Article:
By Rory Leishman
There is much shrewd policy advice in Rescuing Canada’s Right: Blueprint for a Conservative Revolution, by Tasha Kheiriddin and Adam Daifallah. However, the overall plan of the work is fundamentally flawed: If Stephen Harper and his conservative advisers were to adopt the libertarian policy platform advocated in this book, they would consign the Conservative Party of Canada to political oblivion.
Kheiriddin and Daifallah have been led into error by a misunderstanding of small-c conservatism. They describe it as “a political philosophy loosely based on the ideas of classical liberalism as outlined in the writings of John Locke, Adam Smith and more modern thinkers such as Friedrich Hayek. It emphasizes free markets, individual rights over collective rights, limited government, private property rights, and personal responsibility.”
Notably missing from this list is the core attribute of British, Canadian and American conservatism; namely, a due regard for the accumulated wisdom of our ancestors, especially as enshrined in the common law and the traditional principles of Judeo-Christian morality. In this sense, Locke, Smith and Hayek were all conservatives.
Kheiriddin and Daifallah are libertarians masquerading as conservatives. While they allow that: “Conservatives by definition respect tradition,” they have scant respect for the sanctity of human life and the traditional principles of sexual morality that uphold the natural family.
To the contrary, Kheiriddin and Daifallah favour gay marriage and legalized abortion on demand. They write: “Let’s be clear: An overtly socially conservative platform calling for implementing so-con ideas through legislative means – i.e. through laws restricting abortion, outlawing gay marriage, etc. – will not resonate with the majority of Canadian voters. Unlike the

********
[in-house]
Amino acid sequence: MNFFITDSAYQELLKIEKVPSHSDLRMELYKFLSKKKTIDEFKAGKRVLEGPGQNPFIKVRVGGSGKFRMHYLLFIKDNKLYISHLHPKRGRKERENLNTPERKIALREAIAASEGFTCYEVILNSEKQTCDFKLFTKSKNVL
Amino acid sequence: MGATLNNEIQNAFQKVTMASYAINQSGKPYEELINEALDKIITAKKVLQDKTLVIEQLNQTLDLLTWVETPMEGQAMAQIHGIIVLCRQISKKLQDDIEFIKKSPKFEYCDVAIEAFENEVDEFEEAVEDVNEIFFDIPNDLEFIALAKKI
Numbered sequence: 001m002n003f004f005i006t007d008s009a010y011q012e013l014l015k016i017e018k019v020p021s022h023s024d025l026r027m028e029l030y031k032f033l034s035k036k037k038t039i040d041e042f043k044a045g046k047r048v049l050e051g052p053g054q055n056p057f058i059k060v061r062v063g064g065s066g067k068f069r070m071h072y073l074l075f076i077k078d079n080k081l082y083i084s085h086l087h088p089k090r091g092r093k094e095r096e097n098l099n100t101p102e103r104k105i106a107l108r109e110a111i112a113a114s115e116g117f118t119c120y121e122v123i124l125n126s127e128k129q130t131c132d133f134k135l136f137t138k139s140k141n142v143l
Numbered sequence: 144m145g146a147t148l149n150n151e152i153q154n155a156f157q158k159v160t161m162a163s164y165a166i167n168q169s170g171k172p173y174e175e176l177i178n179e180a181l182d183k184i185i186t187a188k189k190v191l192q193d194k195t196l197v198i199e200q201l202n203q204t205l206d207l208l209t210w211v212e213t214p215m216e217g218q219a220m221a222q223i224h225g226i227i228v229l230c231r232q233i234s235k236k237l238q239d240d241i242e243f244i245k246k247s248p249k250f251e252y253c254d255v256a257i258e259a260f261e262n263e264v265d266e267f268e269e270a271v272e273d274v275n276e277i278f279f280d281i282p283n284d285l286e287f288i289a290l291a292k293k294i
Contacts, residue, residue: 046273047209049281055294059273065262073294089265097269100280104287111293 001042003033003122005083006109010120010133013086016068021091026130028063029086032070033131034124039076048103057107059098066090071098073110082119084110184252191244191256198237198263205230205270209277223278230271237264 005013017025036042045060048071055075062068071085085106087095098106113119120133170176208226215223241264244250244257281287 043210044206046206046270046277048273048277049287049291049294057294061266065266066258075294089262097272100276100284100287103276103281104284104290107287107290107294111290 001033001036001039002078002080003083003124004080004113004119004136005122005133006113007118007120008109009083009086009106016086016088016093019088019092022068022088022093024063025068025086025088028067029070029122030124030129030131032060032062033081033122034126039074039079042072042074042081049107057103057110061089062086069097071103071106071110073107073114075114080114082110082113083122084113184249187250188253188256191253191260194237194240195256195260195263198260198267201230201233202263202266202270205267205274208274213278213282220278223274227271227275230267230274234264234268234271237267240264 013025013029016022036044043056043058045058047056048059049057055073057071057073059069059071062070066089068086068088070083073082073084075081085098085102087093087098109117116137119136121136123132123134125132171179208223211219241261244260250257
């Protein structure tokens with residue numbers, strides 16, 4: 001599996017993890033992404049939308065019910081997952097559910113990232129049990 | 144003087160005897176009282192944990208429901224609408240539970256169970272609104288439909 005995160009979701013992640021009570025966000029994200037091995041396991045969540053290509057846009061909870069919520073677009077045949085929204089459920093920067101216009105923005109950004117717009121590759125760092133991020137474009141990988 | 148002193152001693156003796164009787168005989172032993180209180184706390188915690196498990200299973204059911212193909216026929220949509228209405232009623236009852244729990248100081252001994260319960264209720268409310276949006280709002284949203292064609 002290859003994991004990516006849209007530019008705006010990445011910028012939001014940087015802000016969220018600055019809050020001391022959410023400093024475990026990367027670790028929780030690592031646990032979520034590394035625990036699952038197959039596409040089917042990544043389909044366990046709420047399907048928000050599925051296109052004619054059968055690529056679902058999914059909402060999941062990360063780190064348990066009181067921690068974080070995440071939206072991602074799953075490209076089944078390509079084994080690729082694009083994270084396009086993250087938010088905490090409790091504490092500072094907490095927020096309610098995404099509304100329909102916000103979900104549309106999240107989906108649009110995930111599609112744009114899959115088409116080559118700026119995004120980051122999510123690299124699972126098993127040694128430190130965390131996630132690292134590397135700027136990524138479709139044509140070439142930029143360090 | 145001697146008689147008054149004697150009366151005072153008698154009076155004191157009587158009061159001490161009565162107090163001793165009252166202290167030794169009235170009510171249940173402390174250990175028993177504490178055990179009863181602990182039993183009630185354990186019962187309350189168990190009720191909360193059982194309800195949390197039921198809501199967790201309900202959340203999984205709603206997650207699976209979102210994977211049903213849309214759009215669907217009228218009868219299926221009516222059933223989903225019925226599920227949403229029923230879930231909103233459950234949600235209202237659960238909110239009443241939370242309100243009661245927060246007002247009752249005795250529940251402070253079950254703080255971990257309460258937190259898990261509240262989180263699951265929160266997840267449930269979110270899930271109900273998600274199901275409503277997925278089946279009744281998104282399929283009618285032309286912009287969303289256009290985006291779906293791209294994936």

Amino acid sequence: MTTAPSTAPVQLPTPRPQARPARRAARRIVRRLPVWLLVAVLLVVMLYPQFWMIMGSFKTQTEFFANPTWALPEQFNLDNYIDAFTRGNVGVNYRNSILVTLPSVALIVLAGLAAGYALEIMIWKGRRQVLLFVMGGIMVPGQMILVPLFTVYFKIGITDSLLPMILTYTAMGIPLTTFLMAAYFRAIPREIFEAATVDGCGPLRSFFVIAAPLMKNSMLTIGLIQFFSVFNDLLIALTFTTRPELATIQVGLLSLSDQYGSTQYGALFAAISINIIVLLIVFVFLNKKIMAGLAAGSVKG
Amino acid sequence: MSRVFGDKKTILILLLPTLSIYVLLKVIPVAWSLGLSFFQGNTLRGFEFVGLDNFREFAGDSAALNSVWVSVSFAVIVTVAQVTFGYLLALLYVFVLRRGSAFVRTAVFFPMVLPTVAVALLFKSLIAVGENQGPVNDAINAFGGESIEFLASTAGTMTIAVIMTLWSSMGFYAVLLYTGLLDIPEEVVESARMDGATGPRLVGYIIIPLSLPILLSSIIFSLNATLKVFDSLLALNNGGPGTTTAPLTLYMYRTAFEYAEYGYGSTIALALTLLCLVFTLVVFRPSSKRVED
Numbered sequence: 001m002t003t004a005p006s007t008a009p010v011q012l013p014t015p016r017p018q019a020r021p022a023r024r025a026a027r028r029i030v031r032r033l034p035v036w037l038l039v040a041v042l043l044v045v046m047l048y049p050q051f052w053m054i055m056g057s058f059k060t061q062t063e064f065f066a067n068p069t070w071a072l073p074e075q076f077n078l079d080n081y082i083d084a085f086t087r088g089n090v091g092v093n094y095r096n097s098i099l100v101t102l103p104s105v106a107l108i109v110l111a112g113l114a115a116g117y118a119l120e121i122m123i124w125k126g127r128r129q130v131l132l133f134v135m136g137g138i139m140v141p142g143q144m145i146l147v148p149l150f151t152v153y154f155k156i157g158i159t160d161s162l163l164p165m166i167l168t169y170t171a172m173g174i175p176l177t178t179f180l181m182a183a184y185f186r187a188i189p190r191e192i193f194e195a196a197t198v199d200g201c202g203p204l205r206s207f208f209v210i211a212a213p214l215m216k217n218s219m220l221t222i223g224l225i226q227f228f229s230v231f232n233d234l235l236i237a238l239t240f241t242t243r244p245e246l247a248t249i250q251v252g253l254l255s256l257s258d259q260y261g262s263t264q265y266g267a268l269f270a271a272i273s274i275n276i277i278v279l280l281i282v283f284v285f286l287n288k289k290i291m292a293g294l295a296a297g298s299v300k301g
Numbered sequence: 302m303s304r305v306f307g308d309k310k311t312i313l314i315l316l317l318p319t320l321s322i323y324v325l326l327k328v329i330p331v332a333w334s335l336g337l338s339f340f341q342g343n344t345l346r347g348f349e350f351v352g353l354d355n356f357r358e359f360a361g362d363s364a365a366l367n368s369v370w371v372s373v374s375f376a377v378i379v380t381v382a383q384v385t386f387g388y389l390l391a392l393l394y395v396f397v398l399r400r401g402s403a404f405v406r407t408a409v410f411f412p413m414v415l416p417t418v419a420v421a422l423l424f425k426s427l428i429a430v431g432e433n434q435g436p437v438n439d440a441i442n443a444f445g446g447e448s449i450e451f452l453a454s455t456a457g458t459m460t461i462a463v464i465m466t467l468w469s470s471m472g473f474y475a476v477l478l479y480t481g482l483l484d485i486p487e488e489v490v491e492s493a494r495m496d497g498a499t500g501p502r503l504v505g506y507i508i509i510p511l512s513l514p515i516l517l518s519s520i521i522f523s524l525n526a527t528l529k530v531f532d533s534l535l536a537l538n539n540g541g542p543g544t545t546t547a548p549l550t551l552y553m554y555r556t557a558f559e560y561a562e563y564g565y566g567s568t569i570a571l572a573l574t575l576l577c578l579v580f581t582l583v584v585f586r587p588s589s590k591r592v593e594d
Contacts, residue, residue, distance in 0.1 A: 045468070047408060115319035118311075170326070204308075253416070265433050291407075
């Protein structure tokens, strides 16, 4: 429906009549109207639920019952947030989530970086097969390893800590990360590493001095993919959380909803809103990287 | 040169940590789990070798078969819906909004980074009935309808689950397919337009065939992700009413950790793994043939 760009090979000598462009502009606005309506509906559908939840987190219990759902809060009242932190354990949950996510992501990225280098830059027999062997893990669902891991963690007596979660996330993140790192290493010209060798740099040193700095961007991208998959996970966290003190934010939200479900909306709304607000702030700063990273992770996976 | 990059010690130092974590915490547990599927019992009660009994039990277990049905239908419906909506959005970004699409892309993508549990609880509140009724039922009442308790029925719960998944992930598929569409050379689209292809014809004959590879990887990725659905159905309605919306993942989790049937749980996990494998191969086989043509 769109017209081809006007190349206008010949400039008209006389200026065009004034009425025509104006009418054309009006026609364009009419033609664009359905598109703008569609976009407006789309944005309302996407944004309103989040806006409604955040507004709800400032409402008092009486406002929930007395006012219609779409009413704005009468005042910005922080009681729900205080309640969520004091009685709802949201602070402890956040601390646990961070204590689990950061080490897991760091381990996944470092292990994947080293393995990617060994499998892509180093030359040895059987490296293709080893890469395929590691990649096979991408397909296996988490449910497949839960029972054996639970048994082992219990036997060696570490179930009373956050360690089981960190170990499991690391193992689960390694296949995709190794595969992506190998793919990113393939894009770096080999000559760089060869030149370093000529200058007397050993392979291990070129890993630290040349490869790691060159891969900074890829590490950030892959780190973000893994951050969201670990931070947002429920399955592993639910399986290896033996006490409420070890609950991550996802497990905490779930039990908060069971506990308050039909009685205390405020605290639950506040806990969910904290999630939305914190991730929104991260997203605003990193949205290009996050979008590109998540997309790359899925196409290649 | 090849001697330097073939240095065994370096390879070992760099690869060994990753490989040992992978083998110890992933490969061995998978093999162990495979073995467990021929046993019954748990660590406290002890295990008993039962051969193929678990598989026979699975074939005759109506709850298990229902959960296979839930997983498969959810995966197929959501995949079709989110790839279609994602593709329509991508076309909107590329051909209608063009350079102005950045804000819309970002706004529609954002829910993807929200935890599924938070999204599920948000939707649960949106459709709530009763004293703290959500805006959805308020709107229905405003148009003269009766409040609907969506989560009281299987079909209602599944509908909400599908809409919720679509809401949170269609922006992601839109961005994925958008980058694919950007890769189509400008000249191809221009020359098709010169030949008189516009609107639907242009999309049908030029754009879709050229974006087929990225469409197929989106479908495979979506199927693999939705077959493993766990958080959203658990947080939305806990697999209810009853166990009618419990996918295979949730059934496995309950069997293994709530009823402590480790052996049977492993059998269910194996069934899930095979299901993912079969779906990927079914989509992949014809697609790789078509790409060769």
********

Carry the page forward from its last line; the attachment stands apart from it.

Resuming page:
More’s the pity. We Canadians are also less apt than the people of the
Of course not. Kheiriddin and Daifallah admonish conservative Canadians to dig deeper into their pockets to support the Canadian equivalent of think tanks like The Heritage Foundation, the American Enterprise Institute and the Cato Institute that have been so successful over the past 25 years in educating the people of the United States about the follies of tradition-bashing liberalism.
Consider The Heritage Foundation, in particular. It describes itself on its website as “a research and educational institute -- a think tank -- whose mission is to formulate and promote conservative public policies based on the principles of free enterprise, limited government, individual freedom, traditional American values, and a strong national defense.” In conformity with these principles, The Heritage Foundation opposes gay marriage, favours laws restricting abortion and promotes abstinence-based, sex education in the public schools.
There is in
Kheiriddin and Daifallah suppose that the Conservative Party can win power with a libertarian platform that combines economic conservatism with innovative liberal values. That’s a delusion. To rescue the right in
To this end, Harper has promised that a Conservative government would allow a free vote in Parliament on contentious moral issues such as banning at least late-term, partial-birth abortions and reaffirming the traditional definition of marriage as the voluntary union for life of one man and one woman. If Harper were to abandon this commitment by endorsing abortion on demand and gay marriage as urged by Kheiriddin and Daifallah, he would destroy the Conservative Party.
President Ronald Reagan put together an enduring coalition of libertarians and conservatives in the